Seeing things at more than one time


I’m not really sure where else to go with this. Either you insist that what you see here — the surface filled by the rope moving through space and time — is not really what you see, or is not real — and so is in some way an illusion — or you hold that we do see something at several moments in time. As said, I prefer the latter: it captures the appearances.

This is something I’m concerned with. Not all philosophers, metaphysicians, and other theorists might be concerned with this — with how things seem, or can be shown, or pointed at, or made apparent. I take it that, since I started this post by pointing at such things, and you have continued reading to this point, you are probably not one of them (and if you are, why did you read this far? What were you expecting from an appeal to how things seem that would interest you?).


1. Or something similar: maybe you know — or are — someone extremely healthy who can skip with a skipping rope so fast, for so long and so regularly that the rope seems to be constantly above and below them. I don’t myself — all my friends are almost as lazy as myself.

2. It does of course occupy more than one point in space: it occupies the entire length joining it from one motor to the other. And it has its own volume — about the thickness of a jump-rope. But neither of these distances capture both ‘A’ and ‘B’, or any similar points in space. That is, the vertical distance the rope seems to occupy all along its length, and the volume is circumscribes, as it moves is neither the rope’s length nor the rope’s thickness.

3. There are lots of other examples of seeing things in space which are at more than one time — some more extreme in temporal terms. For example, as we see them, distant stars are at dramatically different times to each other and ourselves (see my 2010b, ‘Perceiving External Things and the Time-lag Argument’ for more on this). Further, allegedly, early examples of televisions involve cathode ray tubes lighting up the screen at different places at different times. As a result, arguably, if we see the whole screen lit up, then we are seeing illuminations happening at different times (see Le Poidevin’s earlier 2004 version of ‘The Experience and Perception of Time’ for a reference to this as the ‘specious present’; he seems to drop it in the later version).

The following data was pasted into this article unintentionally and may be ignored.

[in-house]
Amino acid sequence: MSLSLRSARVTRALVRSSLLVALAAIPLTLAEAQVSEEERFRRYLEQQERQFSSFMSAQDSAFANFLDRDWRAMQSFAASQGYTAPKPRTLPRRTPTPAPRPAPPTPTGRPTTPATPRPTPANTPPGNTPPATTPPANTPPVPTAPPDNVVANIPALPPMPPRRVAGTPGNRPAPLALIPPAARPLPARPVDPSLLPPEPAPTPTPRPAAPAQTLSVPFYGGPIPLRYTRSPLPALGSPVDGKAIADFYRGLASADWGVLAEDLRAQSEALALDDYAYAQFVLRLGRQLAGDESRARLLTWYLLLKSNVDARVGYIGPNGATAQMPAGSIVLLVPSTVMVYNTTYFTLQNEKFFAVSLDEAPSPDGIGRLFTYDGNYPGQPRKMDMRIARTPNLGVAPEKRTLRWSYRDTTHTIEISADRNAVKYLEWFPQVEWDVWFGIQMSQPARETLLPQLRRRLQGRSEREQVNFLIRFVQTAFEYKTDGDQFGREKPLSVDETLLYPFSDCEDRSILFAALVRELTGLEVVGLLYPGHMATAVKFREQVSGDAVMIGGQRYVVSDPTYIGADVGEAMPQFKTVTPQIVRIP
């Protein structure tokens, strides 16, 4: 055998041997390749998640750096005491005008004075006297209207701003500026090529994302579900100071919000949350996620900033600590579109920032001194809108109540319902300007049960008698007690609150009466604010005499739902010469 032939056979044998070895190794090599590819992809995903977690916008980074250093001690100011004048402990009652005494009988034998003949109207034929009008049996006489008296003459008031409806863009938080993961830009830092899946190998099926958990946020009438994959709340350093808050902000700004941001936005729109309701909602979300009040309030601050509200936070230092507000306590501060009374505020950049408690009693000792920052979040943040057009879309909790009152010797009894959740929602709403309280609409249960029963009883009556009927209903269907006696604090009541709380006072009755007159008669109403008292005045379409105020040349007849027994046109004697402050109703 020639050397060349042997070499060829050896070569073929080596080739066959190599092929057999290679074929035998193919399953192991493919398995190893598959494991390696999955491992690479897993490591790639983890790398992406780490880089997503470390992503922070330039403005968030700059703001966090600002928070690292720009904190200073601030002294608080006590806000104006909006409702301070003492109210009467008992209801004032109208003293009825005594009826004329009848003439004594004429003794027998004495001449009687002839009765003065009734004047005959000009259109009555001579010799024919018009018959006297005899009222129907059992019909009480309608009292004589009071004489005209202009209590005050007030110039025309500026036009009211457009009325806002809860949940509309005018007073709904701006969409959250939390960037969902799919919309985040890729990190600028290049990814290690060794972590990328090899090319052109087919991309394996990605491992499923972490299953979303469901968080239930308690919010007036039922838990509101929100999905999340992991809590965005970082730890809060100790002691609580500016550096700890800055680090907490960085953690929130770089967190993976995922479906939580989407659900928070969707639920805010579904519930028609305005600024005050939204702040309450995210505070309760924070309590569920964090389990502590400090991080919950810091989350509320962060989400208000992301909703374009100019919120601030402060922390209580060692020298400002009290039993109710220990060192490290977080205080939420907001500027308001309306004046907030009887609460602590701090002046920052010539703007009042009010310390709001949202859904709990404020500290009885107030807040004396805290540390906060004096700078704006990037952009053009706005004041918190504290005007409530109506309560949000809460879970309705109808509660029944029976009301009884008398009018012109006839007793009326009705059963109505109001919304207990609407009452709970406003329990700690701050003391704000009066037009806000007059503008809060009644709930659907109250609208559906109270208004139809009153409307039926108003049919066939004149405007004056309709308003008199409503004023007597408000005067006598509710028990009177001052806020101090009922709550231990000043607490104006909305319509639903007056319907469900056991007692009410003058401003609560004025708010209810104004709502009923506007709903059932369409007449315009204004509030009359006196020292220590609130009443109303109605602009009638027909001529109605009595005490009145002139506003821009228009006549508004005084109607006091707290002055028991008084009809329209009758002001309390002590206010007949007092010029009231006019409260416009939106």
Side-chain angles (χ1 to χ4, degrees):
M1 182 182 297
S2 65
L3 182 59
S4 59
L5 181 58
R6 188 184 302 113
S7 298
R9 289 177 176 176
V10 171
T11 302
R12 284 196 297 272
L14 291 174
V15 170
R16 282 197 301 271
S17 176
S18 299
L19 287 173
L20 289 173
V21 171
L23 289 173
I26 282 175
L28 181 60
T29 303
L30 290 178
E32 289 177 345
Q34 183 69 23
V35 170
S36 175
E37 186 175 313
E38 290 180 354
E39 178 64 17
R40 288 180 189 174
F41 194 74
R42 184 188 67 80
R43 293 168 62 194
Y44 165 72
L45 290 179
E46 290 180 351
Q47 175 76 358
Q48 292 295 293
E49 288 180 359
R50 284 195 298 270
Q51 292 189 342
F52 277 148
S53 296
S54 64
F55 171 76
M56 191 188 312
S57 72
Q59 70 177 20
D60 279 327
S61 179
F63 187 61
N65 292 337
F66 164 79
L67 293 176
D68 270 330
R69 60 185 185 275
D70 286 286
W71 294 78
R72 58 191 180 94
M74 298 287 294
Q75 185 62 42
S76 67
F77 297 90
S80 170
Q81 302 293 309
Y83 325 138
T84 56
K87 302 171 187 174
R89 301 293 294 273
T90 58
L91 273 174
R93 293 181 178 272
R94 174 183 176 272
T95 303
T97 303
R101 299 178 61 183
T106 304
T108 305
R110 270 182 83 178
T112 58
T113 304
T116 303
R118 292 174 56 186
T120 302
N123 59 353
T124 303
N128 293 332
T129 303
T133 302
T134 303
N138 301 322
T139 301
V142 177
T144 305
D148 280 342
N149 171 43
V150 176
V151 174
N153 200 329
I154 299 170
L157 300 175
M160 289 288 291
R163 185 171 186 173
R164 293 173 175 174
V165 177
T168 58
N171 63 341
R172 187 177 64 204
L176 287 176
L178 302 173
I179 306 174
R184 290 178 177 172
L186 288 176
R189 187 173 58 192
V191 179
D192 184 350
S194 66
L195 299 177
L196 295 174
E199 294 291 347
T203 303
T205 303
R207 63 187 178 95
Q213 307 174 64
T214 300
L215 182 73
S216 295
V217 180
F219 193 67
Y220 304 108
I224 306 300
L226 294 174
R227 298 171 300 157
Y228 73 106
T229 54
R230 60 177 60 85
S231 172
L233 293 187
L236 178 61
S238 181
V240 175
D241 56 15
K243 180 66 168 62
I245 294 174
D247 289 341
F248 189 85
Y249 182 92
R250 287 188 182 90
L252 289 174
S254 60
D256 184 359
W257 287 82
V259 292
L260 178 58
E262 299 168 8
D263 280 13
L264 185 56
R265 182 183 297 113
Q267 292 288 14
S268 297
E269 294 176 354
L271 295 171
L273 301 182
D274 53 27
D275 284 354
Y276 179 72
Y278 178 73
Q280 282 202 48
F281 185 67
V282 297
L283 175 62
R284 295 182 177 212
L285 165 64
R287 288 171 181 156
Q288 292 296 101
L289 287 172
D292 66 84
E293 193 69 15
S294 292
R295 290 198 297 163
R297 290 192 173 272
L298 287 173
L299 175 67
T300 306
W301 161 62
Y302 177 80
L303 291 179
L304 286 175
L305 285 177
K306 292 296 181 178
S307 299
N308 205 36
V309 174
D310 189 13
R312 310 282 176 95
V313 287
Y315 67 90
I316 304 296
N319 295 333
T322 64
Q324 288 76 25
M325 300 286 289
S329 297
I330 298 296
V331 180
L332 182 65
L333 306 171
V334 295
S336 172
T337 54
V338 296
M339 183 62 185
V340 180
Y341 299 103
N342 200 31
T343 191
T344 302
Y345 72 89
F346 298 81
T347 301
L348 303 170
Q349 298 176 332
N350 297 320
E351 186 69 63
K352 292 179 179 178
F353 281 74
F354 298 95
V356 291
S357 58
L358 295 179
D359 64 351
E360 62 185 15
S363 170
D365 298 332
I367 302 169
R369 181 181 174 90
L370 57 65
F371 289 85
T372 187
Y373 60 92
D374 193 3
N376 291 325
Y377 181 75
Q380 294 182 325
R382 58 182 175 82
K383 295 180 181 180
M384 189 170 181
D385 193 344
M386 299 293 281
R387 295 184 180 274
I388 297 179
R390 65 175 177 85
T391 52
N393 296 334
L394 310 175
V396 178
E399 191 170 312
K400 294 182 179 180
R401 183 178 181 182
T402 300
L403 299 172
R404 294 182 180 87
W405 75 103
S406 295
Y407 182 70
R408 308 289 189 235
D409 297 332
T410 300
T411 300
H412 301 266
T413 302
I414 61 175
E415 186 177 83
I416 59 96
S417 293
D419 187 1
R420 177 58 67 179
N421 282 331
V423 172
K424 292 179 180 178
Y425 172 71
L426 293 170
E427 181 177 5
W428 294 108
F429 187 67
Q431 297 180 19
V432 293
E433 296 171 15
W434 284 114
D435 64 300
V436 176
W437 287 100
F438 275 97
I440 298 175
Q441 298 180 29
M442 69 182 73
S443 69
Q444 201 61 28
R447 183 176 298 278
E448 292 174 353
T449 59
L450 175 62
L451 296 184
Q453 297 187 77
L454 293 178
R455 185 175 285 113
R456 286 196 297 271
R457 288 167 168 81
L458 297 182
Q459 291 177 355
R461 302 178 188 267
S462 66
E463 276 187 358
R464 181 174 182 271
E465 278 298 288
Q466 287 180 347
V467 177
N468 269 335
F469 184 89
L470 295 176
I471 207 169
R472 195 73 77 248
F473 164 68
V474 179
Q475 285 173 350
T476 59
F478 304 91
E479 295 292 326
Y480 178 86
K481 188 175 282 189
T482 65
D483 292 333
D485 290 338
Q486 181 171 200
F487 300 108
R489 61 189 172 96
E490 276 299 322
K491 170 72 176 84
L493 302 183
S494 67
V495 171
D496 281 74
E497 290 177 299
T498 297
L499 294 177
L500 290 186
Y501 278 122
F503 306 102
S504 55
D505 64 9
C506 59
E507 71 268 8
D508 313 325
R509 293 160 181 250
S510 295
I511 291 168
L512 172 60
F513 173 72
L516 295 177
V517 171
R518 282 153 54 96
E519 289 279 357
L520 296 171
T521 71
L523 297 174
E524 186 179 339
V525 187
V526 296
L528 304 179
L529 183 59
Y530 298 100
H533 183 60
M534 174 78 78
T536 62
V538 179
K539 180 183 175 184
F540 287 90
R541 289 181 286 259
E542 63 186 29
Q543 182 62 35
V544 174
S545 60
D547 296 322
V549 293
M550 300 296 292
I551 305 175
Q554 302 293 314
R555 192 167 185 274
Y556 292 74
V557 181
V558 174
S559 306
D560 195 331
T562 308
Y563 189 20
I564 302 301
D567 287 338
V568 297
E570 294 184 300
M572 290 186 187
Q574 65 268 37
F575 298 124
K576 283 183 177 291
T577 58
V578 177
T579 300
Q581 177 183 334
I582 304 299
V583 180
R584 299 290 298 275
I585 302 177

I think this particular example is especially useful because what you see is the same thing, at different places, seemingly at once, but actually at different times. Say the speed of light were infinite, and so distant things could be simultaneous with our seeing of them. Say, one analysed the illuminated screen as being due to left-over heat or what-have-you. Still, there is this example of perceiving things at more than one time. What we see is a single moving thing, only at those places at different times, only reflecting light at those places at different times. The difference is neither due to the time-lag of light nor anything to do with ‘heat traces’ at places where it once was.

4. Actually, I don’t think it does neutralise the relevance of this sort of stuff to discussions about time, or vice versa. It just moves the discussion away from external things like ropes into the temporal structure of internal things. And I think we’ll still run into trouble there, given relativistic physics. My basic position being: given relativistic physics, there just isn’t any scope in a physical view of the mind and the world for any kind of presentist analysis of perception, external and internal. Like presentism simpliciter, a physical form of what I suppose one could call perceptual presentism should also be rejected.

I discuss this in my 2010a ‘Complex Experience, Relativity and Abandoning Simultaneity’ as well as my currently-post-refereeing-in-revision paper ‘The Temporal Structure of Neural Representation’ (see it on my academia web-page:

5. This is a common move so far as I can tell with representationalists. It is employed, for example, by Lycan to remove the threat of qualia toward physicalism (Lycan 1996). I don’t think this is a particularly good move for questions about experience, especially where the alternatives are in keeping with otherwise plausible hypotheses (e.g., eternalism). But I’ll not discuss that here.


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